Acrylonitrile butadiene styrene, whose acronym is derived from the ABS acrylonitrile butadiene styrene English form, is made by combining a copolymer of acrylonitrile, butadiene and styrene. Its chemical formula is (C8H8 • • C4H6 C3H3N) n, and the exact proportion of each component in the copolymer composition depends on the end use intended for this. The physical result of this copolymer is a thermoplastic material and lightweight, with some flexibility and resilience in absorbing impact, very common in the manufacture of molded products for various uses.
Low-density polyethylene (LDPE) is a thermoplastic. LDPE is defined by a density range of 0.910–0.940 g/cm³. It is not reactive at room temperatures, except by strong oxidizing agents, and some solvents cause swelling. It can withstand temperatures of 80 °C continuously and 95 °C for a short time. Made in translucent or opaque variations, it is quite flexible, and tough but breakable.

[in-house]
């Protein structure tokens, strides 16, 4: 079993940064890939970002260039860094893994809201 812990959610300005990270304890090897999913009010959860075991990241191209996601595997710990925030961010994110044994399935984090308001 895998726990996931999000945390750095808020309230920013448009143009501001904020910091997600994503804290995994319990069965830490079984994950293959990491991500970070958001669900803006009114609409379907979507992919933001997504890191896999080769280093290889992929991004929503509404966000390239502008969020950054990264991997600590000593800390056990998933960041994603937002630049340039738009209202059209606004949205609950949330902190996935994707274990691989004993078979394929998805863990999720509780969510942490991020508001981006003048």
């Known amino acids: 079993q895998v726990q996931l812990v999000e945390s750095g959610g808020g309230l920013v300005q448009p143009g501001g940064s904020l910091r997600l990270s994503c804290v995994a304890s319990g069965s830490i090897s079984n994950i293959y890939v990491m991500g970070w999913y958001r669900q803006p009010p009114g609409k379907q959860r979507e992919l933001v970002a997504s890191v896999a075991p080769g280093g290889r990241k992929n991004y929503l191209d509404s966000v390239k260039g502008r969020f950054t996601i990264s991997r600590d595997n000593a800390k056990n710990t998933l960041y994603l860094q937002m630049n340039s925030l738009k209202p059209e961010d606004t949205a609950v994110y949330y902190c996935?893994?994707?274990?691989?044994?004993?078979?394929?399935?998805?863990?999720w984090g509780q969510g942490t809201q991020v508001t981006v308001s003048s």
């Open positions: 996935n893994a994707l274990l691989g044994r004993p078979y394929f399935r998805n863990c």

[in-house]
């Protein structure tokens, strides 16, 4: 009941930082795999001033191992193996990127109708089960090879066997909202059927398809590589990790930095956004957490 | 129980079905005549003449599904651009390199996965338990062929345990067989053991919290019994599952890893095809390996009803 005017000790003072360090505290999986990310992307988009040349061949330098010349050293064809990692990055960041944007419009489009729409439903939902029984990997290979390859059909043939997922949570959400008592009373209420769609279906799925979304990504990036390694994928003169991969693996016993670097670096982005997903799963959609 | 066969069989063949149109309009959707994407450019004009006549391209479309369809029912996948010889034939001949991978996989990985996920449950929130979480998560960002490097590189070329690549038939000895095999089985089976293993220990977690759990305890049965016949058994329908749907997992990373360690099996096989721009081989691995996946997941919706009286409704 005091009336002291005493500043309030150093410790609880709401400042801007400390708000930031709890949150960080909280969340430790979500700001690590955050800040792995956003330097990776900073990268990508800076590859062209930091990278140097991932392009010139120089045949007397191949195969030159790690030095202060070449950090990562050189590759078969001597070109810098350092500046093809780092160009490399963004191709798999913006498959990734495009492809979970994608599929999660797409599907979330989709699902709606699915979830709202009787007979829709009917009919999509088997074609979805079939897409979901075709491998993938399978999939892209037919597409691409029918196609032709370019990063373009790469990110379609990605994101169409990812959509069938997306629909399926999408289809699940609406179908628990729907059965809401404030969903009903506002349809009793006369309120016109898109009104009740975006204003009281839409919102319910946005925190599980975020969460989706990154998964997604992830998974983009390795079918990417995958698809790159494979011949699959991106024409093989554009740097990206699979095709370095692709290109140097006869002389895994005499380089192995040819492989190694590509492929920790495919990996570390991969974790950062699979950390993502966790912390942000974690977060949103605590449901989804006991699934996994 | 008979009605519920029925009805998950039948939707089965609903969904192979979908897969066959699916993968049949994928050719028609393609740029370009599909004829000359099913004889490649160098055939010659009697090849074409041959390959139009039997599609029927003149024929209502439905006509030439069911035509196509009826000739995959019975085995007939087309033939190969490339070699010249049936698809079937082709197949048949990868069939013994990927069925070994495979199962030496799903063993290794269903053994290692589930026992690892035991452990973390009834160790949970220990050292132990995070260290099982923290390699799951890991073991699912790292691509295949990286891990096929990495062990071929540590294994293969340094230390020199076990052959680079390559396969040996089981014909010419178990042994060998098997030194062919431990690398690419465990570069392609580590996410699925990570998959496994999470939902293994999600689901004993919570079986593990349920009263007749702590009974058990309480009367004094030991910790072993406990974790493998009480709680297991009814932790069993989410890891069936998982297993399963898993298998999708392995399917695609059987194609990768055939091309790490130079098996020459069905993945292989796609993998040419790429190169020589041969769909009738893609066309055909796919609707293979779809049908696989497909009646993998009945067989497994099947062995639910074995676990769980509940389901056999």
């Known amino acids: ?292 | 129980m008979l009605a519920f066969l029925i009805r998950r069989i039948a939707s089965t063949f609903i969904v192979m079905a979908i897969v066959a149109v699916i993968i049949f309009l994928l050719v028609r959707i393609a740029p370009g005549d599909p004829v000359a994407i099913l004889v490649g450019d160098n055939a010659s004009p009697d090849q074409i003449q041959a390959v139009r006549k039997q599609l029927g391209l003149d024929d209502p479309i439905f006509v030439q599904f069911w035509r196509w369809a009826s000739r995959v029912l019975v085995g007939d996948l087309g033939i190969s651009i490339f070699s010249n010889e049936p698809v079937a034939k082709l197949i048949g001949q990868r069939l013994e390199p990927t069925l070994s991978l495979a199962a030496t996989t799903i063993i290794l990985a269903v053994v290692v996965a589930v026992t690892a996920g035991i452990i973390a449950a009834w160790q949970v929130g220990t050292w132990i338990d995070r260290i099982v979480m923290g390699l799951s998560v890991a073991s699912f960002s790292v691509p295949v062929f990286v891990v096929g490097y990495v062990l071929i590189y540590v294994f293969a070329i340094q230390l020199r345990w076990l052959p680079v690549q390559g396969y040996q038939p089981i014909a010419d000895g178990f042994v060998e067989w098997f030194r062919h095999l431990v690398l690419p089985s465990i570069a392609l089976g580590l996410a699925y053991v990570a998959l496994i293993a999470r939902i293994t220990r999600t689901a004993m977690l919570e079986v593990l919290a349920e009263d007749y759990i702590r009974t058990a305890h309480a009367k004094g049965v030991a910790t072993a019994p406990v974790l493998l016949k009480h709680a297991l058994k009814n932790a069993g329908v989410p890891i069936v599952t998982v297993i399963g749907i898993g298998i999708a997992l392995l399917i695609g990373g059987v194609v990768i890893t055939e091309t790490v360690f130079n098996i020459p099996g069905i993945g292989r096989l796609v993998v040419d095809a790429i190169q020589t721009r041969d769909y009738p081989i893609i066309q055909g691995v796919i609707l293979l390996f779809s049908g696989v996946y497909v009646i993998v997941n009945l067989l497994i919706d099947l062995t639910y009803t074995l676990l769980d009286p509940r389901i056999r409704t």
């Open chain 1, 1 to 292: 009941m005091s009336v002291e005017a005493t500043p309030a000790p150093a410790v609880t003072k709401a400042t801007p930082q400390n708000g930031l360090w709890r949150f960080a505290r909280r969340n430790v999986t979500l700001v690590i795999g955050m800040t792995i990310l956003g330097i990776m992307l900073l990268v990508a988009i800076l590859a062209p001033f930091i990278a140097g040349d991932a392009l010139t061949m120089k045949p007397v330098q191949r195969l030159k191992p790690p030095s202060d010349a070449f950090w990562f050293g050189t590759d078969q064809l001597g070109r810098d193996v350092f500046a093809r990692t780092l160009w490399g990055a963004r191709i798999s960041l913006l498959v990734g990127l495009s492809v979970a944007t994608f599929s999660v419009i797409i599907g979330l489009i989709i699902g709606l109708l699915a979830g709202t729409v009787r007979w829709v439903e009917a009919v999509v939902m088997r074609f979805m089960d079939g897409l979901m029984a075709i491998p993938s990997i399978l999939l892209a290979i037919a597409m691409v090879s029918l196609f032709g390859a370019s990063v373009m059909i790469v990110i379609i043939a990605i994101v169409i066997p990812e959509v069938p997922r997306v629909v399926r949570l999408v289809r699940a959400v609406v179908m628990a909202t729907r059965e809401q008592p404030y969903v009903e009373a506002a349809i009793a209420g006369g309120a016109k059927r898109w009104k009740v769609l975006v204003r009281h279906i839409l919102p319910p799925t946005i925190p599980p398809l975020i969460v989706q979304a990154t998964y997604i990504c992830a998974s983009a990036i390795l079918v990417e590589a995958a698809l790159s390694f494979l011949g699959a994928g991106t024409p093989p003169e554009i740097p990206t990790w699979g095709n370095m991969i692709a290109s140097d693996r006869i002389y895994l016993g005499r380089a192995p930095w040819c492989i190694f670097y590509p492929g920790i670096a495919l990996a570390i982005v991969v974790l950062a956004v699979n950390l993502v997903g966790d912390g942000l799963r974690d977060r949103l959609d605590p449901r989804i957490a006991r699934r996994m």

Polypropylene (PP), also known as polypropene, is a thermoplastic polymer used in a wide variety of applications including packaging, textiles (e.g., ropes, thermal underwear and carpets), stationery, plastic parts and reusable containers of various types, laboratory equipment, loudspeakers, automotive components, and polymer banknotes. An addition polymer made from the monomer propylene, it is rugged and unusually resistant to many chemical solvents, bases and acids.
High-density polyethylene (HDPE) or polyethylene high-density (PEHD) is a polyethylene thermoplastic. The mass density of High-density Polyethylene can range from 0.93 to 0.97 g/cm³. The difference in strength exceeds the difference in density, giving HDPE a higher specific strength. It is also harder and more opaque and can withstand somewhat higher temperatures (120 °C/ 248 °F for short periods, 110 °C /230 °F continuously).